• #4
        And be careful if you do it yourself. The first year our BO's husband did it he got the moisture wrong - nearly set the whole place afire when more than a few bales got hot - spontaneous combustion on a large scale is scary, especially when it's a barn. He's gotten much better at it and makes lovely hay now.

        Comment


        • #5
          our first year here a neighboring farmer generously let us borrow his equipment when he was not using it. (We had our tractor....borrowed his cutter/flipper/baler). Getting the moisture right is a learned art. We did not burn any barns down! Wit jut 2 of us doing it with the rains a coming....we about died trying to get 1200 bales in first cutting. The knotter it tricky to get the tension right too or you break the twine all the time. The next year had an Amish neighbr help us in exchange for part of the hay crop. Waaay better for us!!
          Providence Farm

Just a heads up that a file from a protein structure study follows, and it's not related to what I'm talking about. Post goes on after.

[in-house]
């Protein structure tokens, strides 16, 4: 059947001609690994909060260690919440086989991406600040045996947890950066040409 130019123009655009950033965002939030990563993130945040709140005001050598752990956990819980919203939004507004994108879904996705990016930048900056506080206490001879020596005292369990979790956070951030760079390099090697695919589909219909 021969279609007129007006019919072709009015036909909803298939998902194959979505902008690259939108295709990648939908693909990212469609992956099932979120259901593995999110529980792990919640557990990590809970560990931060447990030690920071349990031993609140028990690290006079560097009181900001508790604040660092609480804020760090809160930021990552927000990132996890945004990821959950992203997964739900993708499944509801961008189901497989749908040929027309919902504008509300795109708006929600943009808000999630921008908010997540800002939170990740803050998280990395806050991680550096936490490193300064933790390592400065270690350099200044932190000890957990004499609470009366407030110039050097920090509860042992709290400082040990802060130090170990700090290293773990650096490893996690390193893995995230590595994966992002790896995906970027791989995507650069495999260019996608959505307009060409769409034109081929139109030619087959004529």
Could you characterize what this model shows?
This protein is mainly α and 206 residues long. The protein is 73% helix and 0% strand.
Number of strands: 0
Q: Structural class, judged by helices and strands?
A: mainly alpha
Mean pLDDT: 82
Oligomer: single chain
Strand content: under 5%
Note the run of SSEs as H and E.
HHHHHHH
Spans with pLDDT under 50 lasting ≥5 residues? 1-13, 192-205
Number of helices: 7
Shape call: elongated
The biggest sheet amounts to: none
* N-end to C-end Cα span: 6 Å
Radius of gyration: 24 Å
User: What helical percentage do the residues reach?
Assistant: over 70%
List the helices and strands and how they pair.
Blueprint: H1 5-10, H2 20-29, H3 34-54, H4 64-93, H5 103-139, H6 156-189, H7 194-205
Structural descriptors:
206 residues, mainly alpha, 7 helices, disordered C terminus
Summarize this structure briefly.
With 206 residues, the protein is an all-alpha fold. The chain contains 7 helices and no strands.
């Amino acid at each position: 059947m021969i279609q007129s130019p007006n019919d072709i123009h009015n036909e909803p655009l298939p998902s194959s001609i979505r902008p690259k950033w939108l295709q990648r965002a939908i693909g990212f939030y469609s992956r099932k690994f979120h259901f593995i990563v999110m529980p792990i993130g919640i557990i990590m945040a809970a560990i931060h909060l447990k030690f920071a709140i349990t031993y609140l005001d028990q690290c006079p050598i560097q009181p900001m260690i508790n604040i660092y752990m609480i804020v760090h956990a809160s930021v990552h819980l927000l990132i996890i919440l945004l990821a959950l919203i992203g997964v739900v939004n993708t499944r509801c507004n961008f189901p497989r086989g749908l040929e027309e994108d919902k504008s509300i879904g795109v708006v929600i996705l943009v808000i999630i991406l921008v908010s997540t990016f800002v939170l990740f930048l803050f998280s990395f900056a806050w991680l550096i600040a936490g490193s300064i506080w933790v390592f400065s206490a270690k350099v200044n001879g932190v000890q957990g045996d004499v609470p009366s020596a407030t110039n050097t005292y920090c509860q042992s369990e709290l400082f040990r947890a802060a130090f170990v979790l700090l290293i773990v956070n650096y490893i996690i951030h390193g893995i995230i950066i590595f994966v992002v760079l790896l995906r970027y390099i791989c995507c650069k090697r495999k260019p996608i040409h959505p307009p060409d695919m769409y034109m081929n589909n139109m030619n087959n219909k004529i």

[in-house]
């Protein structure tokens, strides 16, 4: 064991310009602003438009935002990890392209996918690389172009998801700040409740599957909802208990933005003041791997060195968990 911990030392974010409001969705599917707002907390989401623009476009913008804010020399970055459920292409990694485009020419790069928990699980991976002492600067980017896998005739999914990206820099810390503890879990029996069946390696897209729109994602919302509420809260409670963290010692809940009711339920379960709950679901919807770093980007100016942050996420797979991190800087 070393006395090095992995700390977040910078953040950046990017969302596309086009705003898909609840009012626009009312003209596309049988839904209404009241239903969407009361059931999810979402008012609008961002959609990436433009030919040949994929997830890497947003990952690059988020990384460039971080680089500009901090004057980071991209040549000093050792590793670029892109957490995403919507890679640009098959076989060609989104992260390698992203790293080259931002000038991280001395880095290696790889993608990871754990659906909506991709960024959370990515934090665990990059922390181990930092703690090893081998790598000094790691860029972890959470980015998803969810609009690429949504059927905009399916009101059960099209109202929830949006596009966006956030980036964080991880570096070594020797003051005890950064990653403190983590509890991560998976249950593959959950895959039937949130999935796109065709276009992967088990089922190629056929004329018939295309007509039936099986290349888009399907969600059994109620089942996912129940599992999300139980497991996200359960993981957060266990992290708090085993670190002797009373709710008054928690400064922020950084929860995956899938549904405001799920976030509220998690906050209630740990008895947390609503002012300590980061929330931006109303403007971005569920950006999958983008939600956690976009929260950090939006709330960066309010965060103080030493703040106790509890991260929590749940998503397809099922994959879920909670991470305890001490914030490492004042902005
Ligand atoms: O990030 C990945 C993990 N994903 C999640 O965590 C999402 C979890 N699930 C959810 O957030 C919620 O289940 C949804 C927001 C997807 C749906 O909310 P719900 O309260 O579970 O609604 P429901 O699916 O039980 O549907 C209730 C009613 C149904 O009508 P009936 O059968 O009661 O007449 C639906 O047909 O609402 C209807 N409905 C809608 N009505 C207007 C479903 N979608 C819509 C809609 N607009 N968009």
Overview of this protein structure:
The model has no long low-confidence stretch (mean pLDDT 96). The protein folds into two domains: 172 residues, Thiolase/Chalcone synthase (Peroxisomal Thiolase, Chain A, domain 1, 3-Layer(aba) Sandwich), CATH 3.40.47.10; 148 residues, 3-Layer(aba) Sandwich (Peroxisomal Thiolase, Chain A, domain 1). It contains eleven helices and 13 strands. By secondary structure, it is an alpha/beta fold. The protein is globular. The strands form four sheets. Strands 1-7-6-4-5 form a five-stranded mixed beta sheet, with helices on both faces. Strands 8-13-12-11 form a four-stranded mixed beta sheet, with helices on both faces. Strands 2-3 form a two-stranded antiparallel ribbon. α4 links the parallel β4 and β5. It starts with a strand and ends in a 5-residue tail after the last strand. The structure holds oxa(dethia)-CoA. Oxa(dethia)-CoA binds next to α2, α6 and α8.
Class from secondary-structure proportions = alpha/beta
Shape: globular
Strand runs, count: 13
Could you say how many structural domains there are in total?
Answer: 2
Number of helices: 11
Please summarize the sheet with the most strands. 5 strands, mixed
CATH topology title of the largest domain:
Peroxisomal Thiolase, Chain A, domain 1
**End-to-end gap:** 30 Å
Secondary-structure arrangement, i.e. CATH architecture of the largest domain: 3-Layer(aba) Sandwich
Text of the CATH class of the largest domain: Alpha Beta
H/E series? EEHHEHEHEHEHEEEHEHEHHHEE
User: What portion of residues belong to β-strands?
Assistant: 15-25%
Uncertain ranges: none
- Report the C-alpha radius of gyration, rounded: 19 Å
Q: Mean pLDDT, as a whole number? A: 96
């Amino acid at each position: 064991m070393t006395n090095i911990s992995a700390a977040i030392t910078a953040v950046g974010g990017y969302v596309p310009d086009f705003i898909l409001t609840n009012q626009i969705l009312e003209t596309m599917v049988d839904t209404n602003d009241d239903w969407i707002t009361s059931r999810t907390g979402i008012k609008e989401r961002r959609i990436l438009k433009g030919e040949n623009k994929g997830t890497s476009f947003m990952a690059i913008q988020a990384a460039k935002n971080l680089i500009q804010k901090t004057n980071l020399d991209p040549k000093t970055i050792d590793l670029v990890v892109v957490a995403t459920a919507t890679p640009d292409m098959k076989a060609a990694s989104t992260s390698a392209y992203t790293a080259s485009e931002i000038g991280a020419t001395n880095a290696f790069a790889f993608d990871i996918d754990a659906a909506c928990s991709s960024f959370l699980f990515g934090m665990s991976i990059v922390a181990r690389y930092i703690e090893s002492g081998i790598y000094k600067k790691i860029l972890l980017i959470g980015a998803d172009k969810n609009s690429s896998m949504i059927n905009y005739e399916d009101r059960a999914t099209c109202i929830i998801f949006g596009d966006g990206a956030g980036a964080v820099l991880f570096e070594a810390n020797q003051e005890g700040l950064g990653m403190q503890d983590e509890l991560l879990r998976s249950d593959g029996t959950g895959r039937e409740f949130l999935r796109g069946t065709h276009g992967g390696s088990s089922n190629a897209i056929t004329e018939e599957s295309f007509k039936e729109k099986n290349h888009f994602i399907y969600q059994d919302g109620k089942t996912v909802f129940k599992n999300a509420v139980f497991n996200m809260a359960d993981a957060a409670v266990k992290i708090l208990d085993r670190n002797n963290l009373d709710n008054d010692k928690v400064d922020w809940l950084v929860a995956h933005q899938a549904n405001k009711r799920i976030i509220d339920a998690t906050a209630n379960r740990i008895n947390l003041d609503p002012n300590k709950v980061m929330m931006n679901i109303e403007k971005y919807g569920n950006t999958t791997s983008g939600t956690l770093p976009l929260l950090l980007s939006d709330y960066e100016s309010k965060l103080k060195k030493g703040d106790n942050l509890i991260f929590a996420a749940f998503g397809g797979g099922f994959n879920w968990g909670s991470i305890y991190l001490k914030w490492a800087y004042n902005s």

http://providencefarmpintos.blogspot.com/

          Comment


          • #6
            We have done both. Hired someone to mow, rake and bale as we did not want to invest in all the equipment. We had to load and unload wagons, trying to coordinate 3 people's schedules to cooperate with the weather did not work well so we had local farmer bale for us. This was wonderful until his boys graduated from high school and moved out. We now rent our former hay ground to a neighbor and buy our hay. Rent $ covers a significant amount of the cost. I used big square bales this past winter and they were delivered and stacked by my hay guy. They worked out really well.
            Mary

            Comment


            • #7